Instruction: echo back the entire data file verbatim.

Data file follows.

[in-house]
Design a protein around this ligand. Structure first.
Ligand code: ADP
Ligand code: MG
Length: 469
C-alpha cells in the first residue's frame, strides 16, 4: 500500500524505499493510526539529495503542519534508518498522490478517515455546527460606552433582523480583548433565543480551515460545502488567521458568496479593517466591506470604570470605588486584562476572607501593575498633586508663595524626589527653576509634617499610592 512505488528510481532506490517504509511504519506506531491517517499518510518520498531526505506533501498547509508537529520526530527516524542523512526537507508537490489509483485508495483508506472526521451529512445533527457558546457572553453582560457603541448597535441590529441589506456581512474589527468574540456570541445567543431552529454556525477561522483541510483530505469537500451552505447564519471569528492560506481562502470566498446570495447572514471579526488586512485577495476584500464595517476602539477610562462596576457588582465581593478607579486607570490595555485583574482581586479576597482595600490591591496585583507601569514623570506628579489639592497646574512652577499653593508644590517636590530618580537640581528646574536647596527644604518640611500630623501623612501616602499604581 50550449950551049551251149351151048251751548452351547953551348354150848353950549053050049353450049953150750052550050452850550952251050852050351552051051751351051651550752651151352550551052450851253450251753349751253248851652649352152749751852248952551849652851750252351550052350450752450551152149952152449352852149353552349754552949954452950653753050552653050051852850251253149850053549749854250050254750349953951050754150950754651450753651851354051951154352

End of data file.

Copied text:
[in-house]
Design a protein around this ligand. Structure first.
Ligand code: ADP
Ligand code: MG
Length: 469
C-alpha cells in the first residue's frame, strides 16, 4: 500500500524505499493510526539529495503542519534508518498522490478517515455546527460606552433582523480583548433565543480551515460545502488567521458568496479593517466591506470604570470605588486584562476572607501593575498633586508663595524626589527653576509634617499610592 512505488528510481532506490517504509511504519506506531491517517499518510518520498531526505506533501498547509508537529520526530527516524542523512526537507508537490489509483485508495483508506472526521451529512445533527457558546457572553453582560457603541448597535441590529441589506456581512474589527468574540456570541445567543431552529454556525477561522483541510483530505469537500451552505447564519471569528492560506481562502470566498446570495447572514471579526488586512485577495476584500464595517476602539477610562462596576457588582465581593478607579486607570490595555485583574482581586479576597482595600490591591496585583507601569514623570506628579489639592497646574512652577499653593508644590517636590530618580537640581528646574536647596527644604518640611500630623501623612501616602499604581 50550449950551049551251149351151048251751548452351547953551348354150848353950549053050049353450049953150750052550050452850550952251050852050351552051051751351051651550752651151352550551052450851253450251753349751253248851652649352152749751852248952551849652851750252351550052350450752450551152149952152449352852149353552349754552949954452950653753050552653050051852850251253149850053549749854250050254750349953951050754150950754651450753651851354051951154352